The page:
Old Philly Postcards: The Divine Lorraine

dlorraineI suspect just about everyone Philadelphia knows about the Divine Lorraine, the spectacular building found on North Broad Street. It has been written about extensively, has inspired poetry, is photographed regularly by urban explorers, and it seems like the City Paper does a tribute every year or so. Hell, it’s even got its own facebook page. But most of what has been written about the Divine Lorraine seems to have been written about Father Divine, who purchased the building in 1948 and is undoubtedly a fascinating figure in Philadelphia history. But since so much has been written on the Lorraine in the years it was owned by Father Divine, I’ve decided to focus on the first 50 years of the Hotel, because a) that’s when the postcard was taken b) it is a cool and underappreciated part of its history and c) because this is my website, so I can do whatever I damn well please.

Apparently, there was a lot of money in Philadelphia in the 1890s, as it seems like all of the grand hotels I’ve been writing about in the past week were erected in within a ten year period. Interesting, seeing as this all occurred right after the Panic of 1893. The architect for the building was Willis G. Hale, an interesting fellow who married up to both join the upper class and ensure himself numerous commissions from Philly’s rich and famous. On his architectural style, the best bio I found on him said this: A follower of the High Victorian Gothic school, Hale was an architect without precedent. He built during the post-civil war era, a time known for its flamboyance, its over-complication and its overwhelming presence. Although he was certainly influenced by his mentors Sloan and MacArthur and his better-know peer, Frank Furness, Hale was an eclectic original.

Shortly after his completion of the Divine Lorraine, however, the Victorian style he used fell out of favor and there was a pronounced backlash, sort of like disco.

haleWillis Hale died in Philadelphia on August 29, 1907 completely penniless and out of favor in the architectural community. His achievements in the field were wholly disregarded and he was seen as a fleeting oddity, who no one would much miss. Unfortunately, public interest has never quite swayed back toward Willis Hale. There is little published information about his life and work and most of his buildings that were not reabsorbed for more modern uses have been torn down.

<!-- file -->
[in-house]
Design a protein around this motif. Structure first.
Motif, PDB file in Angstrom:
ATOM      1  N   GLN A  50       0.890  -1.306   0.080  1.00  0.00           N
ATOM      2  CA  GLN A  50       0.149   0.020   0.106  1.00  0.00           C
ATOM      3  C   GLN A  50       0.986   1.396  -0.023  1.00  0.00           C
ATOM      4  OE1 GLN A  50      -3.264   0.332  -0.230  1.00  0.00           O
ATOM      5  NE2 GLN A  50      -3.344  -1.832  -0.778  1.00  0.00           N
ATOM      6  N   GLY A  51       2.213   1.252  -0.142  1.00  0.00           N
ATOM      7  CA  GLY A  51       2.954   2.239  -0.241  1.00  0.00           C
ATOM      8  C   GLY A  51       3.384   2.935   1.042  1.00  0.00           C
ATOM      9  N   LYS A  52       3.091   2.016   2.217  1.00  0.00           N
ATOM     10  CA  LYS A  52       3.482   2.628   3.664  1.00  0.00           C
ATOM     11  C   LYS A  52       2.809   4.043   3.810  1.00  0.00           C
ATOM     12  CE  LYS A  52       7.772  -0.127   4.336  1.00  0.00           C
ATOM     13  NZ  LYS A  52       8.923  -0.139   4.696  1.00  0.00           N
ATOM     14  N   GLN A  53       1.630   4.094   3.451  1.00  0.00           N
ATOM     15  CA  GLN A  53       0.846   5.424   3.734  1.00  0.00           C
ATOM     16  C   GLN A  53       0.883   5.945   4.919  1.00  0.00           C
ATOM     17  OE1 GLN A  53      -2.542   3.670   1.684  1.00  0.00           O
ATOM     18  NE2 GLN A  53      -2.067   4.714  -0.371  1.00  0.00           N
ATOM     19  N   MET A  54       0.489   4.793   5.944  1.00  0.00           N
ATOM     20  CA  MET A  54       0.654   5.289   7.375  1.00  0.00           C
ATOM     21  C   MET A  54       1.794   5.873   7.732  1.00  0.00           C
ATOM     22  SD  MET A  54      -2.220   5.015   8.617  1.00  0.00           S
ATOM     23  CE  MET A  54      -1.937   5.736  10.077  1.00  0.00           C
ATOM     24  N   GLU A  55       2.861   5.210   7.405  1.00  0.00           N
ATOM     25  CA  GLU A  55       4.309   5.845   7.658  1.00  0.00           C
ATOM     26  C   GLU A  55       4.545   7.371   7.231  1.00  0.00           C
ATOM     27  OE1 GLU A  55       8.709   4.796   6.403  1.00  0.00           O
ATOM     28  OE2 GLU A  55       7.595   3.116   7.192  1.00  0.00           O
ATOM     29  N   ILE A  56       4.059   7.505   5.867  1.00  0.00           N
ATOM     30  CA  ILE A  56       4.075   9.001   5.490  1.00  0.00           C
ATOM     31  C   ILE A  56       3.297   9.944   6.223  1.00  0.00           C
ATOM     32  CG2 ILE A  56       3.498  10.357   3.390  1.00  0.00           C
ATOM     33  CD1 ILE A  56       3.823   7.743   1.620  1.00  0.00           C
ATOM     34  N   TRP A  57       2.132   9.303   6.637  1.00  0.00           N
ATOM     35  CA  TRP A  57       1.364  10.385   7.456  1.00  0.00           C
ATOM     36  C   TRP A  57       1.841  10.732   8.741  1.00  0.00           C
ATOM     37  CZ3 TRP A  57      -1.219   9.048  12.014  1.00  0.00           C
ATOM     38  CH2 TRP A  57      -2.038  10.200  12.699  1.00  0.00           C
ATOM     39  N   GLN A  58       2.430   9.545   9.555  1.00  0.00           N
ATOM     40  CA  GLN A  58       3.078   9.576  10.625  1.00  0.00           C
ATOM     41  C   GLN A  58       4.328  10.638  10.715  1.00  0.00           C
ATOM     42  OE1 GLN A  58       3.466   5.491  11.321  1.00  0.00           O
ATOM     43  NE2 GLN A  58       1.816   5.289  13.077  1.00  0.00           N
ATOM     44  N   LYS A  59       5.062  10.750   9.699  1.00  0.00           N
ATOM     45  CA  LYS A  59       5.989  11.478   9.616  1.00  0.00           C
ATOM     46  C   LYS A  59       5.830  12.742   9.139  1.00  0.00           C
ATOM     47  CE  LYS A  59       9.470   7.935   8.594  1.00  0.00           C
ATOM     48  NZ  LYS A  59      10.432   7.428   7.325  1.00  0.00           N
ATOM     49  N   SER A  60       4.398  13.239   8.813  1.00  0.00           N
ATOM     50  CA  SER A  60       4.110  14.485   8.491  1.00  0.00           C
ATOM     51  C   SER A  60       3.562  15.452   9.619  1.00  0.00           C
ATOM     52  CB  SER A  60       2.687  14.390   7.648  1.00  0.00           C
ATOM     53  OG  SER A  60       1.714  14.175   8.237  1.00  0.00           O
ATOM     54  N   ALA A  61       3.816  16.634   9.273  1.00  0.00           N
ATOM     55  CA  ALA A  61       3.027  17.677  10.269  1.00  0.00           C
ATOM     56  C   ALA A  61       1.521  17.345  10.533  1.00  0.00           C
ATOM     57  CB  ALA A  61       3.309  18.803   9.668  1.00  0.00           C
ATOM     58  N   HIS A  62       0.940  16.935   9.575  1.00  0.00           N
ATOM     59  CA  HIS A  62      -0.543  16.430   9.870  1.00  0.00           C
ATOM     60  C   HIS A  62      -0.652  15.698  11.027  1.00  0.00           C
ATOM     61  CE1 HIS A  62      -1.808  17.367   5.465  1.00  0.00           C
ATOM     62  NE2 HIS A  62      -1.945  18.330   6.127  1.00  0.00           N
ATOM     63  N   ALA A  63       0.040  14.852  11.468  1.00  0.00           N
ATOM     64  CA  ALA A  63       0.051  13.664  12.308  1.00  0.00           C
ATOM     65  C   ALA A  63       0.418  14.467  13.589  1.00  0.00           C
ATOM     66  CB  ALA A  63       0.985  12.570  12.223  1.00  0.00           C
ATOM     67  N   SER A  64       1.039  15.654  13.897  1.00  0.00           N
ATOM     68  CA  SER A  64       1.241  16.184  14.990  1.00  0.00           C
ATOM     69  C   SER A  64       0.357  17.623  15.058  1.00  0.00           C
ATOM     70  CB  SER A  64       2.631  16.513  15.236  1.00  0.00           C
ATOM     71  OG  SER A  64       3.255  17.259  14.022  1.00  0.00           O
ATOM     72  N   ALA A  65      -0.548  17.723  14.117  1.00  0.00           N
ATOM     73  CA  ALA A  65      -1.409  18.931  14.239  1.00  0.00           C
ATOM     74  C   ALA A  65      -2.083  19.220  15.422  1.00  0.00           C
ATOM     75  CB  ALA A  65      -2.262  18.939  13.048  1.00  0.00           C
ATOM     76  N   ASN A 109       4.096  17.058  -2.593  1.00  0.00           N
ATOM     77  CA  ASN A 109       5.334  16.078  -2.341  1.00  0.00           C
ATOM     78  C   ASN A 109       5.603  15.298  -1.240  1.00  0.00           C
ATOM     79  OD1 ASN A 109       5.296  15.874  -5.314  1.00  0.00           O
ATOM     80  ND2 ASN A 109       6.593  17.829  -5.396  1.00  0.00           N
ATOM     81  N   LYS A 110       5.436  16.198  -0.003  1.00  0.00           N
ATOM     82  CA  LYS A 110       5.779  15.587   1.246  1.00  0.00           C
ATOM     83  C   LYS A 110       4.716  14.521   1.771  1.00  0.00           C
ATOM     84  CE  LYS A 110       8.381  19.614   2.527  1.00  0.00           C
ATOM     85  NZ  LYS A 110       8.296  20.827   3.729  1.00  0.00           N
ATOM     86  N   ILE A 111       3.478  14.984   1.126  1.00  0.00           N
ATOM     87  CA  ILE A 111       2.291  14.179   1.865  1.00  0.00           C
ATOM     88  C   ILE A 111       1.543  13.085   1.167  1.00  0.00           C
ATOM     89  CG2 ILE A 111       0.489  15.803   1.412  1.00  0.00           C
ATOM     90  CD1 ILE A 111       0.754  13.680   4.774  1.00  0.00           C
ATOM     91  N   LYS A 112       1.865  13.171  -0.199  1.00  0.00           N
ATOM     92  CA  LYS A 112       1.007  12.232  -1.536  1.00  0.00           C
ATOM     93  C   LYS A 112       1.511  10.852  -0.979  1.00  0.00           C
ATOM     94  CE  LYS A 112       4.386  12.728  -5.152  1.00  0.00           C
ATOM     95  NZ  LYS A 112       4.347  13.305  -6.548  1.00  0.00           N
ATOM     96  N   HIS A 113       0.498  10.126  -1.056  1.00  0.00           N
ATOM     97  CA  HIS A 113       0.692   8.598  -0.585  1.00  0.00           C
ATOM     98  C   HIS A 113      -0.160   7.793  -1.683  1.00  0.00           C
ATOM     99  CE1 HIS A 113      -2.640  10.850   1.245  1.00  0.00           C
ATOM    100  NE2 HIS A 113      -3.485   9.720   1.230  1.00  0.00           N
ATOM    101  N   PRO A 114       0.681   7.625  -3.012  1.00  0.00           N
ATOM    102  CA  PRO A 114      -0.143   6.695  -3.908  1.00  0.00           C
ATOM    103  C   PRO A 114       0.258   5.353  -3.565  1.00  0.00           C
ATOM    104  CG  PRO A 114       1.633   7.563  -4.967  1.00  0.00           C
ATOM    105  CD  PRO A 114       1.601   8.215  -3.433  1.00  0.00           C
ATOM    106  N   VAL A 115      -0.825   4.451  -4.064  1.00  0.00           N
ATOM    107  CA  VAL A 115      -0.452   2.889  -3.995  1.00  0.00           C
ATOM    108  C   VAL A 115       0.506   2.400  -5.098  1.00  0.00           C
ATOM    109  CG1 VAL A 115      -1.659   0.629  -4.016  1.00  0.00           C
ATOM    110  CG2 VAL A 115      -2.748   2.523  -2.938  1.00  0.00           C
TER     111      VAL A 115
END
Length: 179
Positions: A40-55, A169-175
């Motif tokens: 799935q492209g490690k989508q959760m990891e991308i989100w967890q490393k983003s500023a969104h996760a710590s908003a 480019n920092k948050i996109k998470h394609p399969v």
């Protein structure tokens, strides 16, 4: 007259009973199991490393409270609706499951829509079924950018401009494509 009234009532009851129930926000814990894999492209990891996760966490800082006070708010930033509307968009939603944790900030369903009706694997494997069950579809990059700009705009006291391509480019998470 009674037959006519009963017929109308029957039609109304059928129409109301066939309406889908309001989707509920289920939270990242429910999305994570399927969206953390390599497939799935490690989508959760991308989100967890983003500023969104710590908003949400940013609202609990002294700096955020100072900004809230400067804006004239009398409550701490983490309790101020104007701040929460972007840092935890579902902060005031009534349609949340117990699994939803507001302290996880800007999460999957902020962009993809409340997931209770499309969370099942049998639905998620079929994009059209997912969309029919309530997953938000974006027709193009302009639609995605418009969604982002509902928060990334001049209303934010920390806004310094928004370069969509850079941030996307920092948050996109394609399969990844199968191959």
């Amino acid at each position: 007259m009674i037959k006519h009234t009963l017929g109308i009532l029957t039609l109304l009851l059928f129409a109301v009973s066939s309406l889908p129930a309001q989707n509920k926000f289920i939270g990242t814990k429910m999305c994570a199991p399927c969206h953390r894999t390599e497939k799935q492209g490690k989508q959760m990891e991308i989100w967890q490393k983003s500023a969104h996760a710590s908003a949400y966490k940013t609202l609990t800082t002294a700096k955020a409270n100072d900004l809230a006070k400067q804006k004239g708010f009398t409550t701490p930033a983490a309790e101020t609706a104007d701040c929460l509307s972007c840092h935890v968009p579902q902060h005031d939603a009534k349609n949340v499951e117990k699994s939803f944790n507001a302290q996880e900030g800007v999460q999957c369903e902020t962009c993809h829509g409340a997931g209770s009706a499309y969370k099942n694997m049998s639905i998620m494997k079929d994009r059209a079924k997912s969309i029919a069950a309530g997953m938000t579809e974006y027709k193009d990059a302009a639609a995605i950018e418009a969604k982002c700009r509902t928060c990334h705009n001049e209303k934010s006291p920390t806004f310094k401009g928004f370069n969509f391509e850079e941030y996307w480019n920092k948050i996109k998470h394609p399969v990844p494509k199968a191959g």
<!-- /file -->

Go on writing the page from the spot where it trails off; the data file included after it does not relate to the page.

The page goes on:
Ironically, at the time he died penniless, people staying in the spectacular building he had designed were among the most wealthy in the United States. The nouveau riche moved to North Philadelphia, and when their friends came to visit, they rented rooms at the glorious Hotel Lorraine (the “Divine” was not added until Father Divine bought the building), which featured modern amenities such as electricity and telephones. Though it was opened as luxury apartments, for reasons I cannot quite ascertain after studying it online, the Lorraine was converted into a luxury hotel only about 6 years after opening, and was a luxury hotel at the time of Hale’s passing.

According to the postcard, rooms were $2.00 and had 360 rooms, but there is no postmark, so I’m not sure when the postcard came out. The GM at the time was one Mr. Chas. Duffy and Fred L. Scholl was the Resident Manager. I’m prety sure they’re dead now. They’re not on facebook.

A great source of the Lorraine’s early history can be found in the book Broad Street North and South. I highly encourage you to a) buy this book and b) check out the awesome photos it has of the Lorraine in the early 20th century. OK, BE READY TO TOTALLY TRIP OUT BECAUSE THIS IS AWESOME. Check out the photo of the Cafe Lorraine (below), which according to the book, “had a six piece orchestra that played from 6:00 p.m. to 1:00 a.m. and starting at 9 p.m., had a cabaret and dancing.” Then you can compare it with the photo below it, which I am fairly confident is the exact same room (There were two 10th floor cafes, but I believe this is the same one).

Picture 1


Want something even trippier? Check out this urban explorer’s video of this same room, set to piano music, and watch it while looking at the old black and white photo. Too cool. Another cool video is this one, which shows the view from the roof. As for the Lorraine’s current status? Hard to say. It was slated to be renovated for apartments for your professionals and was partially gutted, but those plans seem to have stalled and now it’s unknown what will happen to the beloved building. Here’s some discussion about its future on phillyspeaks.

RELATED: When we are looking for great photos regarding Philly’s architecture, the first place we always turn is phillyskyline.com. The pics on there of the inside of the Divine Lorraine don’t disappoint, (Though we must say that we are a little sad that B-Love, the man behind the website, called it quits last week.)